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Re: Real Estate Law - subpractice groups

Postby Anonymous User » Wed May 17, 2017 3:36 pm

1styearlateral wrote:FWIW, there are more lateral opportunities (with firms and in-house) for attorneys with real estate transactional/finance experience.


Any advice on how one would go from switching from residential to commercial or vice versa?

1styearlateral
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Re: Real Estate Law - subpractice groups

Postby 1styearlateral » Wed May 17, 2017 5:39 pm

Anonymous User wrote:
1styearlateral wrote:FWIW, there are more lateral opportunities (with firms and in-house) for attorneys with real estate transactional/finance experience.


Any advice on how one would go from switching from residential to commercial or vice versa?

If it's just transactional/leasing, it shouldn't be too hard. Financing might be more difficult, but I'm not really one to weigh in on that since I am in real estate litigation. I'm just familiar with the opportunities for laterals in major markets for real estate attorneys.

Anonymous User
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Re: Real Estate Law - subpractice groups

Postby Anonymous User » Wed May 17, 2017 5:52 pm

Anonymous User wrote:
1styearlateral wrote:FWIW, there are more lateral opportunities (with firms and in-house) for attorneys with real estate transactional/finance experience.


Any advice on how one would go from switching from residential to commercial or vice versa?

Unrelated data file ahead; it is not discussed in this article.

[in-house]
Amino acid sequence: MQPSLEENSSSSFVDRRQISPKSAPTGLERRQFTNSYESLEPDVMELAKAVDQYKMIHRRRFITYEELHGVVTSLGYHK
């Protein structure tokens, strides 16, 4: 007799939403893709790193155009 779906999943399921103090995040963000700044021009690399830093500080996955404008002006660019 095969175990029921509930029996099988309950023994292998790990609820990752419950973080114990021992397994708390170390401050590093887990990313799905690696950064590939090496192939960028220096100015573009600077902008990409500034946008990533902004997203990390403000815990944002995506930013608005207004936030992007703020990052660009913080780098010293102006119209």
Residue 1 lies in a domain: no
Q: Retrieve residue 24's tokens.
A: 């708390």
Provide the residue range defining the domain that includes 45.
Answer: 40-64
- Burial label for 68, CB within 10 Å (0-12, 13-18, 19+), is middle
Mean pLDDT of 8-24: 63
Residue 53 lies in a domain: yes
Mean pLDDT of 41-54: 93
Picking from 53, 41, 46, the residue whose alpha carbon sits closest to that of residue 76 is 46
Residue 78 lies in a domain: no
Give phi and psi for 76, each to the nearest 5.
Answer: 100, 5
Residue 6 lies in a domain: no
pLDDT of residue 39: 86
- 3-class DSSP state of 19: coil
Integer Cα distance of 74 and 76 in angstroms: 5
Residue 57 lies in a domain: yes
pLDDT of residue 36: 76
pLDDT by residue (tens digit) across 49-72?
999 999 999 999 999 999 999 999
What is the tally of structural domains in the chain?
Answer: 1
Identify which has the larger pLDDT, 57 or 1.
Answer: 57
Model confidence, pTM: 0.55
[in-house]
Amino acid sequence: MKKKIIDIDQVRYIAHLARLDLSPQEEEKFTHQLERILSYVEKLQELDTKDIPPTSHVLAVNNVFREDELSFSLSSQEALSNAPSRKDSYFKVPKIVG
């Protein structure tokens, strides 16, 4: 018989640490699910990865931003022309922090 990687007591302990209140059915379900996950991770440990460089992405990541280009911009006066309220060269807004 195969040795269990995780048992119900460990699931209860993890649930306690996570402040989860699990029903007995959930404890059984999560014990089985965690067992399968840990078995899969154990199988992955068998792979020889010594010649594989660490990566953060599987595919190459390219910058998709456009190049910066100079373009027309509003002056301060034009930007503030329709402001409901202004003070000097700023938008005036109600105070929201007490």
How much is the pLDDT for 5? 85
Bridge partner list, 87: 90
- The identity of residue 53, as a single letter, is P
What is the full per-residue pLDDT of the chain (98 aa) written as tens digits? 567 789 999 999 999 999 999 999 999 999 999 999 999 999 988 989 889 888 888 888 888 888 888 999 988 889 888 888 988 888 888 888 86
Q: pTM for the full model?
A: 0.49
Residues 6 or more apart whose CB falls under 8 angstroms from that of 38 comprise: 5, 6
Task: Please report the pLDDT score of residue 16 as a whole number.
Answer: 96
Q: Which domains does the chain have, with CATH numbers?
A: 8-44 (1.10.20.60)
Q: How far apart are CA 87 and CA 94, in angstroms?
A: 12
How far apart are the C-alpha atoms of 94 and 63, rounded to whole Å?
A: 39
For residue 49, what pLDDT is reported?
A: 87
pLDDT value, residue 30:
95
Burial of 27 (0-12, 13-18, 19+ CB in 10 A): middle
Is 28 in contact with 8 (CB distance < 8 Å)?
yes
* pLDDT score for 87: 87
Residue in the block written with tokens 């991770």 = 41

I'm Anon on phone from earlier

While (as stated below) there are some similarities in transactional between commercial and residential, your state may vary in how similar. In mine we wouldn't touch a residential transaction if we can avoid it (so favors for bosses friends do happen but they are rare and better be super simple) because there are major differences in the code to protect consumers. We simply don't know them. Likewise we wouldn't hire a residential person, generally, because they aren't familiar with the protections we put in that are standard for the commercial world.
Switch early if you're going to switch (same if you are bailing on litigation) and be ready to start learning the basics. Again, ymmv.

Anonymous User
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Re: Real Estate Law - subpractice groups

Postby Anonymous User » Wed May 17, 2017 7:22 pm

Anonymous User wrote:
Anonymous User wrote:
1styearlateral wrote:FWIW, there are more lateral opportunities (with firms and in-house) for attorneys with real estate transactional/finance experience.


Any advice on how one would go from switching from residential to commercial or vice versa?


I'm Anon on phone from earlier

While (as stated below) there are some similarities in transactional between commercial and residential, your state may vary in how similar. In mine we wouldn't touch a residential transaction if we can avoid it (so favors for bosses friends do happen but they are rare and better be super simple) because there are major differences in the code to protect consumers. We simply don't know them. Likewise we wouldn't hire a residential person, generally, because they aren't familiar with the protections we put in that are standard for the commercial world.
Switch early if you're going to switch (same if you are bailing on litigation) and be ready to start learning the basics. Again, ymmv.


Thanks everyone--I'm the poster asking for the advice on how to switch. I am hoping to leverage my residential into commercial but I know it will be a stretch. Not sure if there are any exit ops for residential real estate lawyers...